People, not technology, are behind cyber abuses says one of the ‘fathers of the internet’
Thursday 24 September 2020
14:00: Exclusive conversation with Vinton G. Cerf: AI won’t save us from a cyber catastrophe
Vinton Cerf, an American internet pioneer and one of the ‘fathers of the internet’ shared his thoughts with Airmic deputy CEO and technical director Julia Graham during Day 3 of Airmic Fest
He said one of the surprises since the origins of the internet, nearly 50 years ago, was the many ways in which it is now being abused, from malicious cyber attacks through to the distribution of misinformation on social media platforms.
But this is not a failure of the technology itself, but more a reflection of human nature, he thought. “That is one of the toughest problems we have right now - the abuse of the network due to people’s proclivity to do harm to others.”
Artificial intelligence (AI) is not going to protect business and society from the vulnerabilities that can be exploited, he warned. This fact alone bothers him.
“It keeps me and others like me awake trying to make sure we defend ourselves against the weaknesses in the software we have designed and deployed.”
“We still have a lot of engineering and research to do in order to make the world safer for software.”
Cerf said he was concerned about the risks presented by the Internet of Things (IoT) given the speed and low cost with which many internet-enabled devices are manufactured and brought to market.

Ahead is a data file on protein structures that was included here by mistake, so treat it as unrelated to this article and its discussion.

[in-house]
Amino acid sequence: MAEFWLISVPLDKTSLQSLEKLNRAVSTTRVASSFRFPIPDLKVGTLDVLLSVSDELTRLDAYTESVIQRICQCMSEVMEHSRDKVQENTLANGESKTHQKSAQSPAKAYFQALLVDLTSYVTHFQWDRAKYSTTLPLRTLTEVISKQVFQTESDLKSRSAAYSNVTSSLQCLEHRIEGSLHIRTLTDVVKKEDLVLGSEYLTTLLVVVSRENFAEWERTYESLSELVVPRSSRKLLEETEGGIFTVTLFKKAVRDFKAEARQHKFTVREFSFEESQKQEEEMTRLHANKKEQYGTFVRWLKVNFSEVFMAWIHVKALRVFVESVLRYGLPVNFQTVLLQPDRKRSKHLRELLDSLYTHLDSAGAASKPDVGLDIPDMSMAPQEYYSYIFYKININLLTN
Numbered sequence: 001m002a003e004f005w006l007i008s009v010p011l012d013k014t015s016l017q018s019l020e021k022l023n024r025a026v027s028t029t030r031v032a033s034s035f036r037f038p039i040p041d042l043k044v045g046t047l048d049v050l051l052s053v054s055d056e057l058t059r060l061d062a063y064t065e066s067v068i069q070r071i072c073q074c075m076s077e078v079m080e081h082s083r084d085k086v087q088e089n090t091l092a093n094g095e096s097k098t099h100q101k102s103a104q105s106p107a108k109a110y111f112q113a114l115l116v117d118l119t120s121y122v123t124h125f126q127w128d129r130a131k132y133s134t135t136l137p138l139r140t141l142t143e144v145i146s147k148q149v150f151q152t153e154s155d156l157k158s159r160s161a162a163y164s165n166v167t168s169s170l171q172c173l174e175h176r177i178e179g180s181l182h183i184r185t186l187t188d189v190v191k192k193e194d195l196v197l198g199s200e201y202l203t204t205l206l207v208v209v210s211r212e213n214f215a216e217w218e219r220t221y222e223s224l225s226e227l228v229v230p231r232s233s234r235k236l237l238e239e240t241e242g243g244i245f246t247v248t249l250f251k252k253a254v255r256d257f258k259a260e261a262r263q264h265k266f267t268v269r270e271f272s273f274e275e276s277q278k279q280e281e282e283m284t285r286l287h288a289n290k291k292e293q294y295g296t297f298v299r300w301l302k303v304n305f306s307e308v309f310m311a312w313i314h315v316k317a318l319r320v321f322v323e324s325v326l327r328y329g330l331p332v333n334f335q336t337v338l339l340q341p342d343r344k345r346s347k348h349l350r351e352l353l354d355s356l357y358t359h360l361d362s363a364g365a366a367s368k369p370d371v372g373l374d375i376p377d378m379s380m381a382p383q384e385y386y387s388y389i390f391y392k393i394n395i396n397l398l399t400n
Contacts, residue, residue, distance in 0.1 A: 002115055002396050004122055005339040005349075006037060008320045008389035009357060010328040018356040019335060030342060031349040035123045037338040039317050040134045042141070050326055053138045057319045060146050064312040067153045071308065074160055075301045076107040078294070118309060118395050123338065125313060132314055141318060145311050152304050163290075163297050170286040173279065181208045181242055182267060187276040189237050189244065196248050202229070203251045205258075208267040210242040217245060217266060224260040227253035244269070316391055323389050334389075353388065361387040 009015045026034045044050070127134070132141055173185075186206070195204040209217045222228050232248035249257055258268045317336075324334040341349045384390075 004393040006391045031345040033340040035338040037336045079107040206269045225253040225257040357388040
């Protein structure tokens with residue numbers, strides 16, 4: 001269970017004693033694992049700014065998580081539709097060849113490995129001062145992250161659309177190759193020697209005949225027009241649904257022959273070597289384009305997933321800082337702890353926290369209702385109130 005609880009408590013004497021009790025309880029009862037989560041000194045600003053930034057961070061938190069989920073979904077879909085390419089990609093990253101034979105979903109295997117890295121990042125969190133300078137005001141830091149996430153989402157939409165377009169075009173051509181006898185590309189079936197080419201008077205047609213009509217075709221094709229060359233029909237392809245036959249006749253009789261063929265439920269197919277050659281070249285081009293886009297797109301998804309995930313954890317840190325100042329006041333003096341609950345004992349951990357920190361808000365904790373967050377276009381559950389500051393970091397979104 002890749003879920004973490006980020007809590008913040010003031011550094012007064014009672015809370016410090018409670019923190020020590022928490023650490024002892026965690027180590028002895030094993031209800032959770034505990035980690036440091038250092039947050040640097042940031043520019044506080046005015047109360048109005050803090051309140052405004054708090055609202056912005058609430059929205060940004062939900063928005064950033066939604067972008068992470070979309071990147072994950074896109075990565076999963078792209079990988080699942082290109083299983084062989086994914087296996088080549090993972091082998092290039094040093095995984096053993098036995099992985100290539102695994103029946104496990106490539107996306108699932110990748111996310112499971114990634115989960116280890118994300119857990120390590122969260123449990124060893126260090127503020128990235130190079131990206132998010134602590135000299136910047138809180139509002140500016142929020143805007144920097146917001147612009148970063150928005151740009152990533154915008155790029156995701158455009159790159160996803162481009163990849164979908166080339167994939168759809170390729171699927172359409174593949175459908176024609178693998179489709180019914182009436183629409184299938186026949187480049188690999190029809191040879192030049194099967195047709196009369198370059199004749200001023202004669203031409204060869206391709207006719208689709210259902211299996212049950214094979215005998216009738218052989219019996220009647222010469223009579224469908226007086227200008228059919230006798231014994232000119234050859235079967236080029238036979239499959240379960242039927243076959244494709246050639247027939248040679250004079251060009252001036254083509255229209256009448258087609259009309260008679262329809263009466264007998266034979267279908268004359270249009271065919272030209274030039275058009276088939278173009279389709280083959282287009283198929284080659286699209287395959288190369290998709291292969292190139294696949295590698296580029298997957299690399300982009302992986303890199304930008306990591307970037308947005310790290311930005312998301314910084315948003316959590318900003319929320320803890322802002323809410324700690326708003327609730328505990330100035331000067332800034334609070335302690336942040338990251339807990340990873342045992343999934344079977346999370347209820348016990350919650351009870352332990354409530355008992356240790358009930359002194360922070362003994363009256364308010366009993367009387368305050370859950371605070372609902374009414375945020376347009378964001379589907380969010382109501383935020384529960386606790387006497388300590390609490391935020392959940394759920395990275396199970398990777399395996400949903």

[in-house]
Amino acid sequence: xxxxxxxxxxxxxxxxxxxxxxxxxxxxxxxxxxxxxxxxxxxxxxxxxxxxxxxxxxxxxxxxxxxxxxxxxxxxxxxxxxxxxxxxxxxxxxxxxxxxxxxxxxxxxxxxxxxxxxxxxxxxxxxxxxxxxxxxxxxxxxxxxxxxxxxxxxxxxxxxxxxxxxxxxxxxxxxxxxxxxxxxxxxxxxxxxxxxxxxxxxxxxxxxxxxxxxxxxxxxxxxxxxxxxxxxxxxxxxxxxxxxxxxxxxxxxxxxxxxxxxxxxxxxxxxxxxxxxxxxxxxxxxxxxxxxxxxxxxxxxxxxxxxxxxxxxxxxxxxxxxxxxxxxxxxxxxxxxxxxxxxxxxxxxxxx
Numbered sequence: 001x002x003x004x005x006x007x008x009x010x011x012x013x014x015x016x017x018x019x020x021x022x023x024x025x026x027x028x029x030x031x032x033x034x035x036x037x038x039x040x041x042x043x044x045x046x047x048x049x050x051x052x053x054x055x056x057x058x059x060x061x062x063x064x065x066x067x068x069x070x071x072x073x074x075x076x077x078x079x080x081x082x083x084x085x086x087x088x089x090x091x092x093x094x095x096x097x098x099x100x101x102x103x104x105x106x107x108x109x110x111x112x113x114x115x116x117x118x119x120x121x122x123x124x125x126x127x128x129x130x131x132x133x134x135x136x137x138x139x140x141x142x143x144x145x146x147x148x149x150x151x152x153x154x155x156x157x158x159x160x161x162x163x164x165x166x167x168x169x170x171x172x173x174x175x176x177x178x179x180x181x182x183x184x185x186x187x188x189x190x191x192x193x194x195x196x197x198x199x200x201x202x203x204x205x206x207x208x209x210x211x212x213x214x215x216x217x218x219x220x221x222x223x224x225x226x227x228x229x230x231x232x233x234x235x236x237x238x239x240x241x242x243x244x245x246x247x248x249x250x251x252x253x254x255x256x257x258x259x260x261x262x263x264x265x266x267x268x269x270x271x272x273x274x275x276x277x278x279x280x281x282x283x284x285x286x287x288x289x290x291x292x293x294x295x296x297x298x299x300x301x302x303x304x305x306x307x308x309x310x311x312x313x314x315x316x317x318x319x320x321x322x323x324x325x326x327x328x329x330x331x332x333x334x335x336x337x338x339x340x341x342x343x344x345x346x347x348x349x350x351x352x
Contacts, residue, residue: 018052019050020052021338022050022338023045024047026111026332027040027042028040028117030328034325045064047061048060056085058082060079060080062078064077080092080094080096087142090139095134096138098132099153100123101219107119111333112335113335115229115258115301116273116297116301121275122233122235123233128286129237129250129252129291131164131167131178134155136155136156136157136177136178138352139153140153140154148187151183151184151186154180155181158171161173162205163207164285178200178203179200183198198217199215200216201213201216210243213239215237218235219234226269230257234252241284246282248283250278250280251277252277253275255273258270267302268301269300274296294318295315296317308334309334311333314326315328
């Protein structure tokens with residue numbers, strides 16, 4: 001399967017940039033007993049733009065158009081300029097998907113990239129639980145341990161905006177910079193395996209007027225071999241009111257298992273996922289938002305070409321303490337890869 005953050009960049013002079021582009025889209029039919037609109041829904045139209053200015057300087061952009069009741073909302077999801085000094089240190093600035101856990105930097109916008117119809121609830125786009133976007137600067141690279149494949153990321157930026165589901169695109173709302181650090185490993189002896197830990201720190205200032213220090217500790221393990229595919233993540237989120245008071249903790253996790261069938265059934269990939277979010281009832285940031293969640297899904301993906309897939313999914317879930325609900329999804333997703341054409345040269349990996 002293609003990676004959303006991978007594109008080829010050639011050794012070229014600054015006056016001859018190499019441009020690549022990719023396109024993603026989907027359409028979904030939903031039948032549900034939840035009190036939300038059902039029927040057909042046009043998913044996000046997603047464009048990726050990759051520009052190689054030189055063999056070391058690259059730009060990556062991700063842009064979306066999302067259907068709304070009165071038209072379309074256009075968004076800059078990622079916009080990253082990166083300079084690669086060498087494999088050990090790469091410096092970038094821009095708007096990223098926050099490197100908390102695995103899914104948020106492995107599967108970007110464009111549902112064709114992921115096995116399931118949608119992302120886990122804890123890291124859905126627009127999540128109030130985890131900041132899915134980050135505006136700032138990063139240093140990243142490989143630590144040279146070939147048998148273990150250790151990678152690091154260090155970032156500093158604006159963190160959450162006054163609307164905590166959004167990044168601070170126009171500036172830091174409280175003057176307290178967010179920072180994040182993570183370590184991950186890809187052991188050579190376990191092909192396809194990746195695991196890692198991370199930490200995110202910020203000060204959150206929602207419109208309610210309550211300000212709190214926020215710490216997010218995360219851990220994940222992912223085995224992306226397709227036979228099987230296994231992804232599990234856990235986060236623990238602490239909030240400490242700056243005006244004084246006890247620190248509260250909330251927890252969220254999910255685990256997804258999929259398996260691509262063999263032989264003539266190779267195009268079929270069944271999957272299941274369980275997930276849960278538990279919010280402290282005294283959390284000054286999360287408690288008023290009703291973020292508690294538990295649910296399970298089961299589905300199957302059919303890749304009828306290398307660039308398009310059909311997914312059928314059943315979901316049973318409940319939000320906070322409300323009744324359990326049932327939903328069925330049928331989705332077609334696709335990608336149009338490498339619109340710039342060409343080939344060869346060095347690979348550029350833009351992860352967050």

“We’re literally seeing billions of devices with computer capabilities,” he said. “Safety, security and reliability with regards to software related devices is a major issue. I drive one: It’s called a Tesla.”
As the population comes to rely more and more on IoT infrastructure it has to be “reliable, safe, secure and private - so our lives are not exposed to all seven billion people on the planet”.
“We have a great deal of work to do in terms of mitigating risk at many different layers in the architecture,” he added.
Cerf described the commercialisation of the internet during the dotcom boom years of the late 1990s, and how it has continued to grow exponentially despite the fact many start-up companies “have fallen by the wayside” along the way.
The launch of the first iPhone in 2007 was a pivotal moment in bringing the internet to the masses, with access to the internet an important right for everyone, he said. “We still have a long way to go. It’s 2020 and we still have about four billion people more to connect.”
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